In early 2000, Mars launched a web site,, dedicated to celebrating recent research claiming health benefits for certain of chocolate's plant-derived components. The company's extensive process for manufacturing chocolate was also presented.

In spite of its market share setbacks, Mars, Incorporated was still a serious marketing force around the world. At the beginning of the millennium, the company had facilities in more than 60 countries and sold products in more than 150. It was spending $850 million a year advertising brands such as M & M's candies, Snickers candy bars, Uncle Ben's rice, and Pedigree dog food.

Principal Subsidiaries: Ceipa France; Dolma Italy; Kal Kan Foods.

Principal Divisions: Snack Foods; Pet Care; Main Meals; Electronics; Drinks.

Principal Competitors: Cadbury Schweppes; Hershey Foods Corporation; Nestlé S.A.; Ralston Purina Company.

Further Reading:

  • Beirne, Mike, 'Mars Extends M & M's Crisp-Ward; Toy Candy Surges Past Fad Status,' Brandweek, June 29, 1998, p. 8.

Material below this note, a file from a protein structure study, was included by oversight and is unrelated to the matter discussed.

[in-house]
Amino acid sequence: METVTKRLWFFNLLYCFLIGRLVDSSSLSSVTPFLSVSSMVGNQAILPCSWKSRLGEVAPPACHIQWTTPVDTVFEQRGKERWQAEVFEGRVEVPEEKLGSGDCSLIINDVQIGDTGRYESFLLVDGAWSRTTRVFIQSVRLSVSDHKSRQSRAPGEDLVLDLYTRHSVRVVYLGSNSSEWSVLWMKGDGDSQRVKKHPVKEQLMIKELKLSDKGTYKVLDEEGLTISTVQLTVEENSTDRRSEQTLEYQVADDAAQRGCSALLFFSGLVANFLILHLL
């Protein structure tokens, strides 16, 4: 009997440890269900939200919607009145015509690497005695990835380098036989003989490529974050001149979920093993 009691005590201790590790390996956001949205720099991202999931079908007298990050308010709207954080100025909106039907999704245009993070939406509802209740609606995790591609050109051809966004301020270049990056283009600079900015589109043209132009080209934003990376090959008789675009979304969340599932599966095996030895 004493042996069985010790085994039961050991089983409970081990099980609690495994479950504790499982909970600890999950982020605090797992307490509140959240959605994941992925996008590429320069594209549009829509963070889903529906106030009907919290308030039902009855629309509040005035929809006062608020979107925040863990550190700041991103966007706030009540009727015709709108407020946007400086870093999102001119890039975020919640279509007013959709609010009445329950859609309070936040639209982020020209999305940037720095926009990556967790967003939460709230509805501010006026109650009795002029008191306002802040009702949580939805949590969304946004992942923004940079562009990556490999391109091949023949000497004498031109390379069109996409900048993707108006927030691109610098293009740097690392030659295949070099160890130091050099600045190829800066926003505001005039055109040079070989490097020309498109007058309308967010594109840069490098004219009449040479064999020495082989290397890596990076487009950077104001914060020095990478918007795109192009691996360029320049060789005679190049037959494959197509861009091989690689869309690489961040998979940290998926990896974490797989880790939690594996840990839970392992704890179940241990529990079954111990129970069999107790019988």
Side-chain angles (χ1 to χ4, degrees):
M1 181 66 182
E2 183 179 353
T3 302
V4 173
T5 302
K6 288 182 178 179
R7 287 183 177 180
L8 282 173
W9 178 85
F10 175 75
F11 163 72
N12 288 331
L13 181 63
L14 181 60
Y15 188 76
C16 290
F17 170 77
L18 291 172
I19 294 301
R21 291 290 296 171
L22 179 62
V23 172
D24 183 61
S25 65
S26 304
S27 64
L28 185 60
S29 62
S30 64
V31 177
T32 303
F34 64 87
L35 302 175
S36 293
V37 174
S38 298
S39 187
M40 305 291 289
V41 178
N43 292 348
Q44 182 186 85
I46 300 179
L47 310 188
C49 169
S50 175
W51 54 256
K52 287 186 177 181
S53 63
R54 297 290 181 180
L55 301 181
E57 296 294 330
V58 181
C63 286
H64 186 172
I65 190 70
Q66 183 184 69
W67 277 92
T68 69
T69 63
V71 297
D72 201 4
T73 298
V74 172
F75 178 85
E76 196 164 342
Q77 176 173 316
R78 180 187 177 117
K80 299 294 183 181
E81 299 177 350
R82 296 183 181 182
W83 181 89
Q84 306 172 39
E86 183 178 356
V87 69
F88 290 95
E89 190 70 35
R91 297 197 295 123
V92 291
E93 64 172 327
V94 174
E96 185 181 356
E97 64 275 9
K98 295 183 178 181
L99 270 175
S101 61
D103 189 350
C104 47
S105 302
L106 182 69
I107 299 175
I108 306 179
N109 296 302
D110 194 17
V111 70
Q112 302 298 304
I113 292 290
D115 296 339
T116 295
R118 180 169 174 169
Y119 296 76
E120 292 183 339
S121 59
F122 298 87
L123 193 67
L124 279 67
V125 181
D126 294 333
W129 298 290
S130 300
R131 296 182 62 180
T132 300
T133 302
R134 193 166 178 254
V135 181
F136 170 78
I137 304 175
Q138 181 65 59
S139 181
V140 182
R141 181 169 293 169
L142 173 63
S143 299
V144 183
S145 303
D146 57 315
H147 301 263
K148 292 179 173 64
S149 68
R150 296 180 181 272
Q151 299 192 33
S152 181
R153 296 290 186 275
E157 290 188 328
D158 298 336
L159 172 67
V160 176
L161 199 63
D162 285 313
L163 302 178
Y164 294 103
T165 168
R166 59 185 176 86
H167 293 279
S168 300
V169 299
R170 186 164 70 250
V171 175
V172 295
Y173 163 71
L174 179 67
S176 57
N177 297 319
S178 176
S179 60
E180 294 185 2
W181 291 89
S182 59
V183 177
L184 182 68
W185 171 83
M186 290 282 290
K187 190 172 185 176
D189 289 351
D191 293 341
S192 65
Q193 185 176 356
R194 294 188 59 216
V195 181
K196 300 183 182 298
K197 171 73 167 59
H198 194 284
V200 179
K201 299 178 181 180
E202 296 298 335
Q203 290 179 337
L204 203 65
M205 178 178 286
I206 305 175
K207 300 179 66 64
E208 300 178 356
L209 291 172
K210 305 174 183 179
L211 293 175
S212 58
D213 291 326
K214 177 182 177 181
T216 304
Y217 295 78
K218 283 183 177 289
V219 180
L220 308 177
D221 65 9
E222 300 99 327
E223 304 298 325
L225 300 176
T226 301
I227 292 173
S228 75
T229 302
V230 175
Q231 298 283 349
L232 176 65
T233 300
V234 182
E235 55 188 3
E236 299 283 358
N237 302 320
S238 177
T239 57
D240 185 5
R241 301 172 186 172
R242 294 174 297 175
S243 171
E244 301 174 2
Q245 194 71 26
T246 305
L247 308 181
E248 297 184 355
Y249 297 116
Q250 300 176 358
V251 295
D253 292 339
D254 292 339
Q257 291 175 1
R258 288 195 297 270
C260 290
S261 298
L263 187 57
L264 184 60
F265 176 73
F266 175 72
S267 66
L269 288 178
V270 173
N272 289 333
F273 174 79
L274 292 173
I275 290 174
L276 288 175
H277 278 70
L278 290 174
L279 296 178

• Benady, David, 'Mars Acts to Halt European Decline,' Marketing Week, September 6, 1996, pp. 24ff.
  • Brabbs, Cordelia, 'Unwrapping the Changing Future of Mars,' Marketing, January 13, 2000, p. 13.
  • Branch, Shelly, 'Chocolate Lovers, Relax! Mars Points to Web Site Touting Cocoa's Benefits,' The Wall Street Journal, January 28, 2000, p. B2.
  • Brenner, J.G., The Emperors of Chocolate, New York: Random House, 1999.
  • ------, 'Planet of the M & M's,' Washington Post Magazine, April 12, 1992.
  • Cantoni, Craig J., 'Quality Control from Mars,' Wall Street Journal, January 27, 1992.
  • Dixon, Mark, 'Bar Wars,' Accountancy, June 1998, pp. 32-34.
  • Fairclough, Gordon, 'Mars Inc.'s Future Is Unclear After Death of Patriarch,' Wall Street Journal, July 6, 1999, p. A22.
  • Fisher, Christy, 'Milky Way Cuts Calories,' Advertising Age, January 20, 1992.
  • Fucini, Joseph J., and Suzy Fucini, Entrepreneurs: The Men and Women Behind Famous Brand Names and How They Made It, Boston: G.K Hall & Co., 1985.
  • Hwang, Suein L., 'Peanuts and Caramel Combine to Create Sticky Competition,' Wall Street Journal, April 14, 1992.
  • Johnson, Bradley, 'Kal Kan Goes Upscale,' Advertising Age, September 24, 1990.
  • Katayama, Frederick H., 'Snickers Ice Cream Bar,' Fortune, August 13, 1990.